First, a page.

Why Do Desi Parents Normalise Domestic Violence?

parents normalise domestic violence, thappad, domestic violence, taapsee pannu
Why do Indian parents normalise domestic violence? I have often asked myself this question. I look back at conversations with my mother and it’s so easy to see how hitting a wife is considered a part of a marriage. Society expects women to forget this abuse and continue with the relationship as if nothing ever happened.

Me: Ma, will you support me if my husband is abusive?
Ma: (thinks for a second, stares blankly): Beta, 1-2 thappad toh bardasht karne padte hai. I faced it because I did a mistake. Tum kuch galat na karna.
Me: No! How can you think like that, Ma? How can any “mistake” justify domestic violence?

This a snippet from a conservation with my mother who not only normalised domestic violence in her life but also took the blame on herself, absolving her partner of any crime.

And now when I am approaching the marriageable age, she asked me to normalise spousal abuse and adjust because divorce is not an option. But why? Why do Indian parents (not all) normalise domestic violence?

Rate of domestic violence in India

India reports the highest number of domestic violence cases among other crimes in the world, while divorce rates are less than one percent. This points out the normalisation of domestic violence in Indian society where it is not considered grave enough to end a marriage or a relationship. It is counted under “small disputes” that happen in every marriage. For our culture, domestic violence is normal but raising a voice against it is viewed with sceptical eyes. Like every other sexist issue, normalisation 0f domestic violence roots from gendered upbringing. There are many daughters like me whose parents have normalised domestic violence as a part of marriage, by never telling them about the wrong in domestic violence or by portraying it in their relationship.

Why do Indian parents normalise domestic violence for both sons and daughters?

Why do Indian parents instil silence and tolerance in their daughters to survive in a bad marriage? Why do they force them to adjust with a spouse who commits a criminal act of abusing the partner? Why don’t parents rather encourage their daughters to speak up against injustice?

This is true not only for daughters but sons too who are indoctrinated with the ideas of dominance and male ego which if threatened calls for violent action. Also there are many men who suffer domestic abuse in silence as their parents never taught them how to speak against it. Yes. Anyone can suffer spousal violence irrespective of gender or identity. In a research of around 1000 men of different age group, 51.5 per cent of male participants admitted to suffering torture at the hands of their wives or intimate partners. Parents still raise boys to be “strong” in our society, and by their logic a man who suffers abuse is weak, and thus worthy of being looked down upon. This is the reason why parents never tell men that if ever they face domestic violence they need to speak up about it, rather than suffering in silence.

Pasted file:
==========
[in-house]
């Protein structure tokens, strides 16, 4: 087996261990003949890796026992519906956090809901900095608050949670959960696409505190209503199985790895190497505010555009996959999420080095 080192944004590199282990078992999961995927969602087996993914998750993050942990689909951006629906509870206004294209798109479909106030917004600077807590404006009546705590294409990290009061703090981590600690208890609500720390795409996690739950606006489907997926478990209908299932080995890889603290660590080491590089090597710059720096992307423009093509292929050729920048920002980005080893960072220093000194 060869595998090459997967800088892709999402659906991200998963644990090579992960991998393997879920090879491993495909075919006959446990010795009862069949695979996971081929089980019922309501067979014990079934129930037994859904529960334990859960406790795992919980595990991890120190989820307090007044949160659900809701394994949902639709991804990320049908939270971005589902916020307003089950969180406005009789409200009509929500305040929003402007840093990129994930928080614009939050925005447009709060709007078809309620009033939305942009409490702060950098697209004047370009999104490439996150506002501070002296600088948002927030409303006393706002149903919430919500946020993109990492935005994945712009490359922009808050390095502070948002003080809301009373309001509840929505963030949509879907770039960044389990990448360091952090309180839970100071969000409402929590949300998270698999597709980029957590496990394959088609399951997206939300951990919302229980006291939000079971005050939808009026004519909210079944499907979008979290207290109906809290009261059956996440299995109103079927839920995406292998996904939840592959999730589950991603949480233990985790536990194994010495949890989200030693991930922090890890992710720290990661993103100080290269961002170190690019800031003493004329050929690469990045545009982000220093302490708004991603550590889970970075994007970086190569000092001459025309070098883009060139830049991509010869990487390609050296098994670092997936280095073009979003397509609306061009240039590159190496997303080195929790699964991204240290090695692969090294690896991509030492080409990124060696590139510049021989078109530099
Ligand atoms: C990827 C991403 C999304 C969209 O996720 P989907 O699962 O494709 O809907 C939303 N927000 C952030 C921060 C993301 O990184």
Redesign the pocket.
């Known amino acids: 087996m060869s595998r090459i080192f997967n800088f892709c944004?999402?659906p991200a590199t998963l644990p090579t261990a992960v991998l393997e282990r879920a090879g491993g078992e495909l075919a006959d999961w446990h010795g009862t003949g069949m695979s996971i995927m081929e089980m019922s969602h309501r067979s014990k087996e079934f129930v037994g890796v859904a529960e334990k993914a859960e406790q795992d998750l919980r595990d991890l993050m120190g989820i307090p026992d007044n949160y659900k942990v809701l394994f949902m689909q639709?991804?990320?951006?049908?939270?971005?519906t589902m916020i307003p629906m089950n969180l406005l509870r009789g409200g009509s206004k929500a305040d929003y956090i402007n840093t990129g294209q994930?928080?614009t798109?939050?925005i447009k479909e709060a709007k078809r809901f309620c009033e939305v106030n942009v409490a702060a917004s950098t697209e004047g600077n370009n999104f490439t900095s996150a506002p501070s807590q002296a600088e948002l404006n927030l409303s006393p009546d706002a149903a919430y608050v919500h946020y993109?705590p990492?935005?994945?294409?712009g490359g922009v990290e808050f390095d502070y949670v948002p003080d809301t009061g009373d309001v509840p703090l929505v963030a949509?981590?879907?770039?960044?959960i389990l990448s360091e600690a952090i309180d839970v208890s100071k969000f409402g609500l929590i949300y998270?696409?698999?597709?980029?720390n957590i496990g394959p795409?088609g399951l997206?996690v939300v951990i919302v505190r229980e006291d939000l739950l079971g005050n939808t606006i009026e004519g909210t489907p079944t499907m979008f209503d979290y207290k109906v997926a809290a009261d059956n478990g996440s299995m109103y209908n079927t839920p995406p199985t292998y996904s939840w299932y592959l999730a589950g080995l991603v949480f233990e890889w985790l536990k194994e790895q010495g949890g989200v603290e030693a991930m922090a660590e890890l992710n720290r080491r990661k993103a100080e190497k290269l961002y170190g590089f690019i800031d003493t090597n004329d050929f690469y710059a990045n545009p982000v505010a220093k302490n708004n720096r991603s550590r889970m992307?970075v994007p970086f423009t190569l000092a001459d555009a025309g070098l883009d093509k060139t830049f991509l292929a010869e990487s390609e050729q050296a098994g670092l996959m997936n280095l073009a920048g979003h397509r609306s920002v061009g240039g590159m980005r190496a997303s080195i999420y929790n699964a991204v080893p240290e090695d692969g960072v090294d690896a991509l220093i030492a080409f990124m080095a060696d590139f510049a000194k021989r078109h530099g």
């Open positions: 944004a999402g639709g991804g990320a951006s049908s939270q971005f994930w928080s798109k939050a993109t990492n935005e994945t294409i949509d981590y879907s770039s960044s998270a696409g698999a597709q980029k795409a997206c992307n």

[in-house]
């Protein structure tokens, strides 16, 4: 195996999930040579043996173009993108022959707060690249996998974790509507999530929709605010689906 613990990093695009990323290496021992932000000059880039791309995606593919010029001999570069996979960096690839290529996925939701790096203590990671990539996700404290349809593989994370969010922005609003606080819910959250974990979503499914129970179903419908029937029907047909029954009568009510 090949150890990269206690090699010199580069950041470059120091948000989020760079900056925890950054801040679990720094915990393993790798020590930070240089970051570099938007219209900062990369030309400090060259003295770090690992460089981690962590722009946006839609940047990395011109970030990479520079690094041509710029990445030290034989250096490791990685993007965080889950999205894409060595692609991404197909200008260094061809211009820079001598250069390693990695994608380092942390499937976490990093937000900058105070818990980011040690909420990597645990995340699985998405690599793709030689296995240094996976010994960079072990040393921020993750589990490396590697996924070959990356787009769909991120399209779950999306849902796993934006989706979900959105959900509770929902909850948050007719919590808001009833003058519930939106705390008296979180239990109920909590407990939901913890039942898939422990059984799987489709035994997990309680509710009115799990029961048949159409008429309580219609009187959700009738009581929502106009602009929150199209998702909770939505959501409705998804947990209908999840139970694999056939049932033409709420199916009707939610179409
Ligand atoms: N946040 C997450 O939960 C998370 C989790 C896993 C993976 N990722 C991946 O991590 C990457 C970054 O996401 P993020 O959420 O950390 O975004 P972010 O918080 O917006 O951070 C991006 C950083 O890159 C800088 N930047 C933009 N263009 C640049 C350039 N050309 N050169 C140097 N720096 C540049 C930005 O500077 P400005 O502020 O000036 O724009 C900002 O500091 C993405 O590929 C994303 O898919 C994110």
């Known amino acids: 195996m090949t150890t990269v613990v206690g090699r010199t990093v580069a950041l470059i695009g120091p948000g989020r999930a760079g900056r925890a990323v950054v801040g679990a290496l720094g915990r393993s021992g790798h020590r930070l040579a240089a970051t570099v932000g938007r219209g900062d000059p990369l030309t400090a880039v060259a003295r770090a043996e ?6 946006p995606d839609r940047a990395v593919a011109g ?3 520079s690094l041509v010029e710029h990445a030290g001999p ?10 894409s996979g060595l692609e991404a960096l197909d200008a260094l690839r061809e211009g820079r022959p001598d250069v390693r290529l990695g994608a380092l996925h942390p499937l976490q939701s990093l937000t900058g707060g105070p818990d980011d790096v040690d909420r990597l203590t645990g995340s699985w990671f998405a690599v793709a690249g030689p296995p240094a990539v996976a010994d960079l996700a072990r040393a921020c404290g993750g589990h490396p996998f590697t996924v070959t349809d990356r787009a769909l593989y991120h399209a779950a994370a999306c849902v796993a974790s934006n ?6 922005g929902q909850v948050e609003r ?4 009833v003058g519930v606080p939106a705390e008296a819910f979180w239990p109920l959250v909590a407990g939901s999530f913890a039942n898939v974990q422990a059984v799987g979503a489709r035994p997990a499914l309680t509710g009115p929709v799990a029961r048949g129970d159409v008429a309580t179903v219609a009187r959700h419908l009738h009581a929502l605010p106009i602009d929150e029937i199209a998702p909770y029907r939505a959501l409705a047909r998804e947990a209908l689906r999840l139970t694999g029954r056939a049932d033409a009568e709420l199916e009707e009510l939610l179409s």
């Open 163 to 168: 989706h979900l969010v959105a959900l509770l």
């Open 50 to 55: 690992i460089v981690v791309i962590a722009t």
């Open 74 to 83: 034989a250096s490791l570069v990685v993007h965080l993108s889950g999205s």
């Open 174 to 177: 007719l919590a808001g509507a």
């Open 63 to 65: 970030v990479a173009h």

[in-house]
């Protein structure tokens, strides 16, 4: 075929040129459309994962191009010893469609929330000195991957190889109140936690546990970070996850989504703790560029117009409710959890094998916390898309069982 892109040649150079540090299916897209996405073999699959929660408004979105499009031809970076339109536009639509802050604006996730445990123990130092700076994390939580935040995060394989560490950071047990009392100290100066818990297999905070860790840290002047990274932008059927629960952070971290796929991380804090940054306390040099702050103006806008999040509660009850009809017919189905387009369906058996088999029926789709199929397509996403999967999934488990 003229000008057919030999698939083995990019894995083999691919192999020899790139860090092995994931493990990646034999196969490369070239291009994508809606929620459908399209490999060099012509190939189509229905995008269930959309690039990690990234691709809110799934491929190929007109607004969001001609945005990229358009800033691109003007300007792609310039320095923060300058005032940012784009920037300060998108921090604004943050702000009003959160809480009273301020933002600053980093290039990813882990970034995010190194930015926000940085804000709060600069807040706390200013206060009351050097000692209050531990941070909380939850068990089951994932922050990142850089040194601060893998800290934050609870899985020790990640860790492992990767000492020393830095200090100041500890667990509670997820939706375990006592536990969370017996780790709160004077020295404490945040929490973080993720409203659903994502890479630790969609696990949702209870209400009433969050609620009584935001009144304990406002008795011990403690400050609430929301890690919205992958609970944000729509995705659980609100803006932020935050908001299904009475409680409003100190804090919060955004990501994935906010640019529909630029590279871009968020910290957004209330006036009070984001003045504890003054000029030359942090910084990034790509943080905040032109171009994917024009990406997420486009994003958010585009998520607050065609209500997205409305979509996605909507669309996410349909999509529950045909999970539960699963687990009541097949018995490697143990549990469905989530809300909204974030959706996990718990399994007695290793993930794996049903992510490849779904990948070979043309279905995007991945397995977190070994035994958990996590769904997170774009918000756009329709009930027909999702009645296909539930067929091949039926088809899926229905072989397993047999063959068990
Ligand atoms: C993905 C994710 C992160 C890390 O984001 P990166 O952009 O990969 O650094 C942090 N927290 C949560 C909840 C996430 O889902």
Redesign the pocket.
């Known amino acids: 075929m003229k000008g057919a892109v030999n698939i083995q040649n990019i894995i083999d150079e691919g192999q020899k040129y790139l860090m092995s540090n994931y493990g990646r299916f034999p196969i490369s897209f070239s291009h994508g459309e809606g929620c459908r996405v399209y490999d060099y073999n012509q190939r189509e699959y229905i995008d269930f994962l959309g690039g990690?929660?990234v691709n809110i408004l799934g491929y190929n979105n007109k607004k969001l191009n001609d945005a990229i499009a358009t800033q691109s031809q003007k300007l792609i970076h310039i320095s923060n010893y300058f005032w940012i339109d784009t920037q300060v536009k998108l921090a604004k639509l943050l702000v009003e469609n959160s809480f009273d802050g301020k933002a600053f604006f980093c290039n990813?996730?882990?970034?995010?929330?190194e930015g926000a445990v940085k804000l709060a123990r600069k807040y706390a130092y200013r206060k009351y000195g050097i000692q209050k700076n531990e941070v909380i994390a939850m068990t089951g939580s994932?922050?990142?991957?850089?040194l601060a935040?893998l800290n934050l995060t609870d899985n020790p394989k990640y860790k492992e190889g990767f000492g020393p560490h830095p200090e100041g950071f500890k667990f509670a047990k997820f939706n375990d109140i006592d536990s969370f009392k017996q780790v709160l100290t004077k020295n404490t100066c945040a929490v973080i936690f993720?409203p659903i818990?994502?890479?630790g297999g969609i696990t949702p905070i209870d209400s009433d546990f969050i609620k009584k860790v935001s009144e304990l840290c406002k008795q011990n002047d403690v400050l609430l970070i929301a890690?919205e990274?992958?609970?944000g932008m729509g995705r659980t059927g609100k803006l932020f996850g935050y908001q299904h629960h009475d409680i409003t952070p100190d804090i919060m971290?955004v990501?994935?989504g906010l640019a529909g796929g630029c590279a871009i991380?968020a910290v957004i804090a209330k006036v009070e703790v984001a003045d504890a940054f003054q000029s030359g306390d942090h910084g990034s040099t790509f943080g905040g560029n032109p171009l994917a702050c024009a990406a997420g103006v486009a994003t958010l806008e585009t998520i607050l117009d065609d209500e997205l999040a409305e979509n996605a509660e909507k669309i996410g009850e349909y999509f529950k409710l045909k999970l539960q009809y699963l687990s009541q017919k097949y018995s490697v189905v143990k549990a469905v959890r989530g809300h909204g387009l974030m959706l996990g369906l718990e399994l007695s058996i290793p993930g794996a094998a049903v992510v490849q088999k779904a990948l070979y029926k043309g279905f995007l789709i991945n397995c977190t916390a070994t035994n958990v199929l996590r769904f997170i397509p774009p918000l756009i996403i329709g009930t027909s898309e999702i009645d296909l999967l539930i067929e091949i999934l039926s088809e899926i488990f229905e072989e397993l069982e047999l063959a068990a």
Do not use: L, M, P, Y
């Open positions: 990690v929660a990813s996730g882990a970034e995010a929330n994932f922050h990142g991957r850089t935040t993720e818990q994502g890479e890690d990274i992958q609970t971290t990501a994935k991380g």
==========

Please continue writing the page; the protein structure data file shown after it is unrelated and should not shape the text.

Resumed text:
In the case of daughters, parents do not tell them to oppose domestic violence because it will mean being estranged or divorced from marriage. And divorced or estranged women and their families are subjected to cruel criticisms of the patriarchal society. Moreover, parents link marriage with the financial and social security of their daughters which will be taken away if she raises voice against domestic violence.

Stop normalising domestic violence, dear parents

But dear parents, you need to know that opposing domestic violence is a woman’s legal right. Laws against domestic violence or divorce have the provision of alimony/maintenance for estranged wife. Moreover, she can reclaim her stree dhan from her husband too. Then why should you crib about the financial security of your daughter if she condemns her husband for domestic violence?

Although, it cannot be ignored that there are certain loopholes or red-tapism in court procedures and not everyone gets through it easily. But wouldn’t it be better if you educate and empower your daughters so that she never has to worry about financial security after marriage? And as far as social security is concerned, if you support your daughter in her fight for her self-respect and happiness, nothing can matter or bother anymore.

As far as sons are concerned, they are never taught about equal dynamics in a relationship. Terms like “joru ka ghulam” are used to shame them for being supportive to their wives. I have personally witnessed how parents or relatives teach their sons to keep their wives in control. As a result, they carry forward the legacy of normalising domestic violence. And when men suffer from it, they are disillusioned because they have been taught to dominate and never be dominated.

Why do men and women get different upbringings? Why are daughters taught to be submissive and sons to be dominating? Why is domestic violence normalised by parents when it is a punishable crime? Why can’t marriages and relationships be about equality and love?

Parents who themselves face domestic violence remain quiet and pretend as if nothing happened. And when children question it, mothers take the responsibility of committing a “mistake” while fathers change the topic by squinted their eyes that is bulged with anger and male ego. But can any “mistake” justify domestic violence? Can being silent or pretending to be normal erase the memory of domestic violence that the child witnessed? How will the image or incident affect the child’s mind and psychology? Would they normalise it or learn to question it? 

So dear parents, whether it is a daughter or a son, normalising domestic violence in their minds is equivalent to sowing seeds of a ruptured generation that is enmeshed in the same gendered battles that we are persistently fighting today.

Views expressed are the author’s own.